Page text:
I got to the hospital while he was out getting scanned. He was discharged a few hours later and has been recovering since. There's still a bump on his head and he continues to get headaches in addition to being sore all over. Thankfully, he didn't break any bones.
We're in the process of dealing with the other guy's insurance and that's all I have to say about it. I'll keep everyone posted as to Chris' recovery.
As for me, I had a few appointments in Houston on Monday. One was a regular check-up with my transplant doctor. The other appointment was for some testing related to my transplant, but having little to do with leukemia. I haven't blogged about the issue, and am sorry for being cryptic. I'll post about it in detail once the test results come in and I have a better understanding of what's going on. All I know is that it's not life-threatening and so you shouldn't worry.
The cytology report from the bone marrow biopsy I had done in March was finally available. My doctor had ordered several molecular studies that are routine when dealing with bone marrow transplant survivors. Some of these tests take days, most take weeks, and some, like the cytology study, can take months.
The FISH test showed no leukemia clones with a MLL gene rearrangement. Clone cells are effectively the little buggers that kick off the whole leukemia process The clinical flow cytometry study was negative for minimal residual B-lymphoblastic leukemia (this is the type of leukemia I was originally diagnosed with).
I rarely go into this much detail when sharing results, but felt it was necessary so that you all could put the next set of results into perspective.
The cytology report showed an anomaly. 20 cells were studied. Of those 20, 19 were diploid female karyotype 46, XX. This means that they were normal, female and had the correct number of chromosomes. 1 cell was determined to be pseudodiploid metaphase 46, XX, t (7;11) (q22;q13). Fundamentally, this means that the cell was captured in the midst of development, that the correct number of chromosomes was present, that it was female, and that it had a translocation of the number 7 and 11 chromosomes.
Generally speaking, a translocation occurs when portions of the chromosome swap places. That's a quick and dirty definition and doesn't encompass the whole of the process. To further put things into perspective, my original leukemia included a t (4;11) translocation which meant a transplant was my only hope.
Before yesterday, I'd never heard of a t (7;11) translocation associated with ALL. Dr. K. explained that it simply doesn't happen with my form of leukemia. My transplant doctor was very thorough in explaining what this finding could mean. She believes the cell was an artifact, meaning that it was a one time occurrence. The cell may have been created during the process of testing. For the sake of due diligence, another bone marrow biopsy was scheduled for the same day. She wants the same tests performed to see if another cell with a t (7;11) translocation appears.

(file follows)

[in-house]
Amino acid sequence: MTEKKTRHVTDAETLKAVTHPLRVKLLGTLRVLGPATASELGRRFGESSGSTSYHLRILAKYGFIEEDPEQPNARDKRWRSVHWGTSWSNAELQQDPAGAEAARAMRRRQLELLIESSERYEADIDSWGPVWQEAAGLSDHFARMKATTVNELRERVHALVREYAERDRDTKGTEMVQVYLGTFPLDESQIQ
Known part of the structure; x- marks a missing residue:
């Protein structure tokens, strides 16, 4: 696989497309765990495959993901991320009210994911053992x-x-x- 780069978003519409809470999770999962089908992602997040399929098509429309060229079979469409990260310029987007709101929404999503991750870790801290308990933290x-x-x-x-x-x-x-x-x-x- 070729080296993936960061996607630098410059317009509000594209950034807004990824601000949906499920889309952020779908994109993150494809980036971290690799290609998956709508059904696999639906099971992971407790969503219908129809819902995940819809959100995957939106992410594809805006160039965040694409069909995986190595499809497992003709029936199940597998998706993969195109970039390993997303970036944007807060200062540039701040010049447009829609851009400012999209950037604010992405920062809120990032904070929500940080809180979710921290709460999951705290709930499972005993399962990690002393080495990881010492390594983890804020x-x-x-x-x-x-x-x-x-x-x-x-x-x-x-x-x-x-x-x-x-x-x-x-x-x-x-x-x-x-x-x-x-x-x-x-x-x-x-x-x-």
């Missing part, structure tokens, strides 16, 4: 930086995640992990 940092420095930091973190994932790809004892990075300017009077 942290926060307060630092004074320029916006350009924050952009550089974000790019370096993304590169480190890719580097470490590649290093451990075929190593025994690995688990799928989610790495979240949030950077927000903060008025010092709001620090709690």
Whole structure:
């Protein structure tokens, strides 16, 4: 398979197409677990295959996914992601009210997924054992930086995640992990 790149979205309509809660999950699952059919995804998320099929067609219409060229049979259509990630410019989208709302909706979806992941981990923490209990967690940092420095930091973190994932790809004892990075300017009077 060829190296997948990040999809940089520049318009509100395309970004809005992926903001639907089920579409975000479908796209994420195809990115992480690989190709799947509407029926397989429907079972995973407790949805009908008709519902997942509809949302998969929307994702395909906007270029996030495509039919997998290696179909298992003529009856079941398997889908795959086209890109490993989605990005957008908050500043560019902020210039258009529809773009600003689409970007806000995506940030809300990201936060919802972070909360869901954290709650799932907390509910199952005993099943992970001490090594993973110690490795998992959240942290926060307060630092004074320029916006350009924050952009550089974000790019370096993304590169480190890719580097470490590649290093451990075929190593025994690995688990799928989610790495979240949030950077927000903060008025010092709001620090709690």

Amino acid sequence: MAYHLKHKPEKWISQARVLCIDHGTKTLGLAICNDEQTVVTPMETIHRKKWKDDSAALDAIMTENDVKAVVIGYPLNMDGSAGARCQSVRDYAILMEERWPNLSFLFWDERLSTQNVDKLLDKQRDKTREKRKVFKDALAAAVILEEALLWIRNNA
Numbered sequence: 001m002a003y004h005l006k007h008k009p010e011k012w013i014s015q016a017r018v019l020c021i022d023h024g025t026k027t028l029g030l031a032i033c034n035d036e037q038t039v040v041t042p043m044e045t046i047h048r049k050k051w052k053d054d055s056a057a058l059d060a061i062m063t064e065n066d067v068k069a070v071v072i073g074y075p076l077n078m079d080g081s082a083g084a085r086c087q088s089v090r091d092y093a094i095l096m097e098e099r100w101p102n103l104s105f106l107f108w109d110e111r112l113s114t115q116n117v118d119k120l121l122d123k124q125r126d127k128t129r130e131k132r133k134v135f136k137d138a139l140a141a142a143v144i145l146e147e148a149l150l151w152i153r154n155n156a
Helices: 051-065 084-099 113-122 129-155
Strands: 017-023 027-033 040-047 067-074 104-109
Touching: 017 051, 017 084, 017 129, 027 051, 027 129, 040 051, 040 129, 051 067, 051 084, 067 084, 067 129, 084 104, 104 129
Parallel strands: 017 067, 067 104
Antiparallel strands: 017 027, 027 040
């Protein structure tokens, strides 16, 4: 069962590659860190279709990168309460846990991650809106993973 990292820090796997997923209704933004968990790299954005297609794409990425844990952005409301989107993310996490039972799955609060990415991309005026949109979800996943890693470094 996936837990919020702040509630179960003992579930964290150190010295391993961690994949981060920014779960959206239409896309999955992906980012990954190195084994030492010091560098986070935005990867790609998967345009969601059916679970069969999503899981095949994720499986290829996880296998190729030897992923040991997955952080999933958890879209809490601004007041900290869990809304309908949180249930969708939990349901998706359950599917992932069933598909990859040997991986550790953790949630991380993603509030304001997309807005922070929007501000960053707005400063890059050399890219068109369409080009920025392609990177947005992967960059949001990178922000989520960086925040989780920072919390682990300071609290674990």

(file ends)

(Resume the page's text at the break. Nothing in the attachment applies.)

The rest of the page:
If it does show up again, I'll be monitored. I'll probably start taking maintenance chemotherapy if it does, but that's not certain. As my doctor explained it to me, there are no studies to guide any treatment. I got the impression that the transplant doctors that discuss my case would be making it up as they went along.
That is the worst case scenario.
I want to stress that my doctor felt that we weren't going to have to go there. I believe her. I can tell you that I feel well. I don't have any of the symptoms that were present when I relapsed in 2008. I'll even go so far as to tell you that the cashier in the hospital cafeteria gave me an employee discount because she thought I worked at the hospital. She didn't believe that I was a patient. When strangers mistake you for a hospital employee rather than a cancer patient, you want to do a little dance, because it feels like you just regained your normal badge.
To further put everyone at ease, here are my blood counts, including normal ranges:
White blood cells: 8.8 K/UL (4.0-11.0)
Red blood cells: 3.88 M/UL (4.00-5.50) It's low, but most transplant patients have a hard time with making red blood cells. The only transplant survivor who I know that has a regular red blood cell count is Nancy and she just celebrated her 5th year post transplant. Love you, Nancy.
Hemoglobin: 12.1 G/DL (37.0-37.0)
Platelets: 414 K/UL (140-440)
Absolute neutrophil count: 6.56 K/UL (1.70-7.30)
My counts are essentially normal. When I had cancer, my white blood cell count was phenomenally high while all of my other counts were close to nothing. The same held true when I relapsed. I believe my doctor when she tells me that this new translocation is probably an artifact. I won't know for sure until the new cytology study is done. I won't have those results for a few months. Until then, I'll continue to monitor myself and check in with my local oncologist.
One more thing to help put this into perspective. My next appointment with my transplant doctor at MD Anderson isn't for 6 months. If she was anxious about anything, she wouldn't have given me such a long break between visits.
As for the other health thing that I'm being so cryptic about, the specialist I'm seeing will have the results in a few weeks. I'll disclose everything once I have the information.